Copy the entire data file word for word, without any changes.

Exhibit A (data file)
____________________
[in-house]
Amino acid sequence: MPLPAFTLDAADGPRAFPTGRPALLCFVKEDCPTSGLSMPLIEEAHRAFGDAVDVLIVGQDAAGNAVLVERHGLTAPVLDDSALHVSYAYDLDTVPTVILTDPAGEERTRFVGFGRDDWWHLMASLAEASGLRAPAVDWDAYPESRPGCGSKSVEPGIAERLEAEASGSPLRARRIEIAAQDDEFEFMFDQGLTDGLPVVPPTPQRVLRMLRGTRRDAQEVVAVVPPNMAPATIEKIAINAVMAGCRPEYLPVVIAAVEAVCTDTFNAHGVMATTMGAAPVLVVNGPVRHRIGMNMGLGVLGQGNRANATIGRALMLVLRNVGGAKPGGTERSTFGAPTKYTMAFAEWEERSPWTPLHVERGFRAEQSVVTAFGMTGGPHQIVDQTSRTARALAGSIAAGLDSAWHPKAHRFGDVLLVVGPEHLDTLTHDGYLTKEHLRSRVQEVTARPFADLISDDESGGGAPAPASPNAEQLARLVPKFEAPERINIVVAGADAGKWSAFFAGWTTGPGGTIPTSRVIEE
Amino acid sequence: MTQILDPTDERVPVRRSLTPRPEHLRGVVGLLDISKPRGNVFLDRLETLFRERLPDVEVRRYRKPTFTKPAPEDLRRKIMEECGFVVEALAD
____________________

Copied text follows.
[in-house]
Amino acid sequence: MPLPAFTLDAADGPRAFPTGRPALLCFVKEDCPTSGLSMPLIEEAHRAFGDAVDVLIVGQDAAGNAVLVERHGLTAPVLDDSALHVSYAYDLDTVPTVILTDPAGEERTRFVGFGRDDWWHLMASLAEASGLRAPAVDWDAYPESRPGCGSKSVEPGIAERLEAEASGSPLRARRIEIAAQDDEFEFMFDQGLTDGLPVVPPTPQRVLRMLRGTRRDAQEVVAVVPPNMAPATIEKIAINAVMAGCRPEYLPVVIAAVEAVCTDTFNAHGVMATTMGAAPVLVVNGPVRHRIGMNMGLGVLGQGNRANATIGRALMLVLRNVGGAKPGGTERSTFGAPTKYTMAFAEWEERSPWTPLHVERGFRAEQSVVTAFGMTGGPHQIVDQTSRTARALAGSIAAGLDSAWHPKAHRFGDVLLVVGPEHLDTLTHDGYLTKEHLRSRVQEVTARPFADLISDDESGGGAPAPASPNAEQLARLVPKFEAPERINIVVAGADAGKWSAFFAGWTTGPGGTIPTSRVIEE
Amino acid sequence: MTQILDPTDERVPVRRSLTPRPEHLRGVVGLLDISKPRGNVFLDRLETLFRERLPDVEVRRYRKPTFTKPAPEDLRRKIMEECGFVVEALAD